West Indies - Home Of Brian Lara.

Trip Start Feb 01, 2005
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376
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Trip End Dec 31, 2018


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Where I stayed
The Carlton Savannah Port of Spain
Read my review - 5/5 stars

Flag of Trinidad and Tobago  , Trinidad,
Friday, November 18, 2011


"I was so relieved when you said Hello and I realized you spoke English!" said our driver with a big smile, as we headed away from the airport in Port of Spain, Trinidad.

“When the hotel said you were coming on a flight from Caracas, I thought, Oh, no they are going to speak only Spanish and I won't understand them” he added.

It made us laugh, as we have spent the last 6 weeks in the reverse scenario. We haven’t been able to communicate with taxi drivers who speak only Spanish. Now we have crossed a mere 159 nautical miles of water from Venezuela to the island of Trinidad and, praise be, we are back to English! It feels so good.

As the airport pick up ride continues, our driver chats to us about random things but mostly cricket. His chatter is music to our English starved ears. He knows all the famous Australian cricketers of the past 20 years or so. He tells us about the famous Trinidadian West Indian Cricketers and he talks especially proudly of Brian Lara, one of Trinidad’s famous sons. Every roadside sign we pass is in English. We are driving on the left hand side of the road. The radio is playing familiar English songs and the DJ is speaking English. It feels so good. It also feels good because although our travels in non English speaking countries have been wonderful, inspiring, and adventurous, this change to English now marks a turning point for this trip, we are heading slowly home via Miami, Los Angeles, New Zealand and Cook Islands. We'll be in Adelaide for Christmas, to meet our new Granddaughter, Bethany and back in Perth Boxing Day.  

From now on English will be spoken, menus understood, pepper will accompany salt on the table, and best of all no more toilet paper in the bin! (for the uninitiated, many countries including all South America countries, require that toilet paper be put in a bin instead of flushed away - it is onerous, smelly and annoying but something you just have to do. Signs warn that if you block the toilet you will have to pay for repairs!) 

We arrive at the Carlton Savannah Hotel and find it luxuriously beyond our expectations. Trinidad has a huge niche industry in hosting conferences and conventions (even had CHOGM here in 2009) and most hotels are purpose built for this. On searching the internet we couldn’t come up with anything truly budget, but this hotel was much cheaper than the standard conference hotels aka Hilton, Intercontinental, Crowne Plaza etc. but to us, feels up to that standard. We have a king size bed, coffee machine and broadband internet. This is going to do us very nicely for our brief two day stay here, we think!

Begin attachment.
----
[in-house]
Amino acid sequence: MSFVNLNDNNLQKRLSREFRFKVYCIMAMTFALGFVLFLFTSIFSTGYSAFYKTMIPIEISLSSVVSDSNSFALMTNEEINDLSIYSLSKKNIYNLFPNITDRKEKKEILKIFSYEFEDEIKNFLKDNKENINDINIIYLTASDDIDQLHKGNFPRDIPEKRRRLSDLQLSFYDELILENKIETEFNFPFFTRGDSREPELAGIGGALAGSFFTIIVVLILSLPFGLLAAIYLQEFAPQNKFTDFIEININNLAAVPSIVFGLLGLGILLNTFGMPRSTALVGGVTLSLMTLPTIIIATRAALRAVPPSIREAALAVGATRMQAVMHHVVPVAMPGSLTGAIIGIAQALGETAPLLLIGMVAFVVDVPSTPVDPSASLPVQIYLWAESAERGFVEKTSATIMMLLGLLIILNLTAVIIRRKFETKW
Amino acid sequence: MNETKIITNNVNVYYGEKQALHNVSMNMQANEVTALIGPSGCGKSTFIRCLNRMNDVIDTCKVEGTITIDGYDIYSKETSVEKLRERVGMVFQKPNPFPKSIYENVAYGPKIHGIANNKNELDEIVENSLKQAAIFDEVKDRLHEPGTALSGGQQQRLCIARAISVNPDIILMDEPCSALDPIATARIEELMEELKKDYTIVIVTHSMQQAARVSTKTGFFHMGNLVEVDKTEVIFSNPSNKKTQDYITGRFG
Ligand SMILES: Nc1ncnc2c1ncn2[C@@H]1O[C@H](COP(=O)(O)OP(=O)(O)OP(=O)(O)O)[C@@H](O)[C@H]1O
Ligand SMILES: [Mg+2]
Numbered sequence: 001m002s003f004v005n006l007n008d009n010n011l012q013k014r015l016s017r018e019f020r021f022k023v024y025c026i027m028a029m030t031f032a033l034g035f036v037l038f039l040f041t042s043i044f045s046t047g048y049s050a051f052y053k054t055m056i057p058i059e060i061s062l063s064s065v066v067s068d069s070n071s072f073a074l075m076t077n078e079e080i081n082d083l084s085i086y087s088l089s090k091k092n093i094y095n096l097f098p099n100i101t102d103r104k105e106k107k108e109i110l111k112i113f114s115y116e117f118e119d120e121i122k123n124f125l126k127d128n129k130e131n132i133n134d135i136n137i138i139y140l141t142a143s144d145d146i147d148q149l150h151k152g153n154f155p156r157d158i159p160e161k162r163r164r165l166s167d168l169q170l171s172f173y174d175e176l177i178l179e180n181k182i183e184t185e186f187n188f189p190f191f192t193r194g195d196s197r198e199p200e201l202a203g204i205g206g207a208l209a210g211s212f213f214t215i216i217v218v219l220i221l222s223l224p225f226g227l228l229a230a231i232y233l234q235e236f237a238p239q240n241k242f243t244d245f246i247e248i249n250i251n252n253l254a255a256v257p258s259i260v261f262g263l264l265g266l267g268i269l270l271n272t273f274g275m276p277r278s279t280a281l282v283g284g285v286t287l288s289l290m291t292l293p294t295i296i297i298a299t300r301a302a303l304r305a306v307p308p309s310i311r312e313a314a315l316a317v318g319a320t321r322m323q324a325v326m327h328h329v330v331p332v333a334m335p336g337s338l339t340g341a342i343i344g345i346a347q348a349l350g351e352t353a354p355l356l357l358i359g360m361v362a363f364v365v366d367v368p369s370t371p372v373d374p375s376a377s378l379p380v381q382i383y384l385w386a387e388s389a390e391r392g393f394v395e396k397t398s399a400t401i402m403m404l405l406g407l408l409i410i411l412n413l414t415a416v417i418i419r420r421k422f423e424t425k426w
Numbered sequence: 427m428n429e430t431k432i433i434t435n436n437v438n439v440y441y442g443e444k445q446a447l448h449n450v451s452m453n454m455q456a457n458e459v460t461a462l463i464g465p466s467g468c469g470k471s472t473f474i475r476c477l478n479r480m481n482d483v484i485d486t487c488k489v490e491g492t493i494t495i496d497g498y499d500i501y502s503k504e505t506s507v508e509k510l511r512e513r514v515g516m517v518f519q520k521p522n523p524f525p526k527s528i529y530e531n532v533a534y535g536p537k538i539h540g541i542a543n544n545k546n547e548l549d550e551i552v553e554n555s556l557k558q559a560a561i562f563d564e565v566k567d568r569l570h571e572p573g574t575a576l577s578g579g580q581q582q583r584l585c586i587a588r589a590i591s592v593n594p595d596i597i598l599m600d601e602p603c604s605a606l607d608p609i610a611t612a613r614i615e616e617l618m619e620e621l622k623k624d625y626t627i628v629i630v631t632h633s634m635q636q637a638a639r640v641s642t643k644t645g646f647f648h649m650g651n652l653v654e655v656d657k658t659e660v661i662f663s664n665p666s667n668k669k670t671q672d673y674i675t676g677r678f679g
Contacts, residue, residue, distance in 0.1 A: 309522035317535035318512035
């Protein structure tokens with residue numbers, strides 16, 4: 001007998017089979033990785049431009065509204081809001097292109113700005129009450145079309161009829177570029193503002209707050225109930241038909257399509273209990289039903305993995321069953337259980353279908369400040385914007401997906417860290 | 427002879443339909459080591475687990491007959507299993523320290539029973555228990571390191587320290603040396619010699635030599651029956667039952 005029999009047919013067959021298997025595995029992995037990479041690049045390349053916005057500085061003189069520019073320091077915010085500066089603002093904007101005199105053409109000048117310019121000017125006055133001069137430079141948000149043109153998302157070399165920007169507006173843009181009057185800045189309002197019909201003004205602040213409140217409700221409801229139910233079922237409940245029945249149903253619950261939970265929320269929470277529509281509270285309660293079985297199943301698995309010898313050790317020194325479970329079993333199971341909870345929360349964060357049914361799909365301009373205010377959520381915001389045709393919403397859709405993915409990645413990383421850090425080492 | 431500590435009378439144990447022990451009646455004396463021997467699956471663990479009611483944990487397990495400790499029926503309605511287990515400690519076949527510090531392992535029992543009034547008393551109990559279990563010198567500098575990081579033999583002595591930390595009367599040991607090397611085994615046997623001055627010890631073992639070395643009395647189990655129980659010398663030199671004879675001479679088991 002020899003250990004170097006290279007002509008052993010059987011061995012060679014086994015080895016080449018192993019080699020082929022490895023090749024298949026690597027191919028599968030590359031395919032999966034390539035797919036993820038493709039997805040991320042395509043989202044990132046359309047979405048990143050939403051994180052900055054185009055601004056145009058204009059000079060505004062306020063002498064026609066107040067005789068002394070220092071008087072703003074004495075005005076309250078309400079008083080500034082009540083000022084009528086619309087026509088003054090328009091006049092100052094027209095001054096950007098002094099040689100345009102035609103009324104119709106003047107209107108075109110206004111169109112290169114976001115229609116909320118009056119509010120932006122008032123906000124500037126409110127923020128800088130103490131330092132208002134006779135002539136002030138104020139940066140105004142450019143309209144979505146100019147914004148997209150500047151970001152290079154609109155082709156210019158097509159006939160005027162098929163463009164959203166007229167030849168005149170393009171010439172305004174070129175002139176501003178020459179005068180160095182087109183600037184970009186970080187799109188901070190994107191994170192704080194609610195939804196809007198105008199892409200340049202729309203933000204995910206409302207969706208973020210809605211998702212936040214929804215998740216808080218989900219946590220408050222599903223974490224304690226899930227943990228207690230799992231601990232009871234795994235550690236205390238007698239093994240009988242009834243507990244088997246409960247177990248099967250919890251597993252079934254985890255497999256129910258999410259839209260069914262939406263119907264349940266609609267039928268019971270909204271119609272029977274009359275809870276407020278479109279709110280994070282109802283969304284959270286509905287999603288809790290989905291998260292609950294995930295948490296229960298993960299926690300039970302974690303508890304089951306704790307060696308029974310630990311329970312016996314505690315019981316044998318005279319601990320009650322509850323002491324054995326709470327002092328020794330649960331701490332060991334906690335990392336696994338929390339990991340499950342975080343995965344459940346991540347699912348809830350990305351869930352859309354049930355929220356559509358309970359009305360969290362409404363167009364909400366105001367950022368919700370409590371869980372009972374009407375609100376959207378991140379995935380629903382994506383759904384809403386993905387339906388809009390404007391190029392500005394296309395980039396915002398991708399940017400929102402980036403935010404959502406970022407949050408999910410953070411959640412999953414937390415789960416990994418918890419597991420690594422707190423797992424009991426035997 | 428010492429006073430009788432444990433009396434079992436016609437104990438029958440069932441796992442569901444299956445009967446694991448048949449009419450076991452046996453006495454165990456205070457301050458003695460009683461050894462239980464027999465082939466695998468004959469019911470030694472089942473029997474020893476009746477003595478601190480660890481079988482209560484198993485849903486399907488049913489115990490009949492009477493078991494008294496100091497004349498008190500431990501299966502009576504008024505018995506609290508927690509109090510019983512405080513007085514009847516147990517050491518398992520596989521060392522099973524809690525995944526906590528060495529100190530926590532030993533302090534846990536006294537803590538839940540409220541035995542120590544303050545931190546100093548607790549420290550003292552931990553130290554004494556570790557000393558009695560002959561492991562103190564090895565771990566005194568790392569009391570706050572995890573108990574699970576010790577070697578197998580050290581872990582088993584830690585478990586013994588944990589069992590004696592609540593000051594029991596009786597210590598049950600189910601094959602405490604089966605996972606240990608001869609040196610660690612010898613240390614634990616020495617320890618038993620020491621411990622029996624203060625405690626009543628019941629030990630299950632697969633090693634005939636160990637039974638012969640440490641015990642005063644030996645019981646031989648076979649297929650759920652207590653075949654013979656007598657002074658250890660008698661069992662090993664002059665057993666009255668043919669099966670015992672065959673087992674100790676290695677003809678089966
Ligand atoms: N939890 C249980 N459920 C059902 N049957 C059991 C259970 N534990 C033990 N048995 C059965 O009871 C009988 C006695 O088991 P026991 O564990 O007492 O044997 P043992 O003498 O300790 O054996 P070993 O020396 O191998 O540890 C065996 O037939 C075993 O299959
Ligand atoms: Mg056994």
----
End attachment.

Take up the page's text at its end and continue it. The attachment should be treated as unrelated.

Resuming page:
Trinidad and Tobago is, and has been, since 21st of August, in a declared “State of Emergency”. Whilst this didn’t completely deter us from coming, it did influence our choice of hotel, to go up-market for our safety. Today’s newspaper tells us that since the State of Emergency was declared there have been “only” 40 murders, which is well down -  the total number of murders for this year is 306!  Trinidad counts the murder toll like we count the road toll in Australia. Bear in mind the whole population of both the islands that make up the country, Trinidad and Tobago, is only 1.2 million. The newspaper has a front page headline section that says it is "DAY 90 of STATE of EMERGENCY". Part of the state of emergency is a night time curfew but this doesn’t worry us. We’ll be happily tucked up in our king size bed by nightfall!

A walk in daylight around the area took us to a supermarket for some food supplies, so we can eat less expensively and more healthily, and to sight see the Botanical Gardens and the Presidential Palace. We engaged our friendly driver to take us for a trip to see the National Emblem, the Scarlet Ibis at the Caroni Bird Sanctuary. This entailed a 2 hour boat trip into the swamps where we saw amazing amounts of birdlife, caimen, crabs, and some unusual fish called 4 eyes fish, which swim with a pair of eyes above and below the water. But it was the Scarlet Ibis that held our attention. The colour is just so vivid and from a distance they looked like waving scarlet flowers on the swampland trees.   

We are relaxing in our surprise luxury, and will be ready to take on a series of three long flights that will bring us to LA for one night, then across the Pacific, and the International Date line, to Auckland, New Zealand. Closer to Australia than we have been since March.

Tourist Tip: Caroni Swamp Expeditions are operated by Nanan's Bird Sanctuary Tours www.nananecotours.com nantour@tstt.net.tt and leave daily at 4pm to about 6pm.

VISA INFO: We were required to pay a visa waiver fee of 62 US dollars each (800 T&T total)

My Review Of The Place I Stayed



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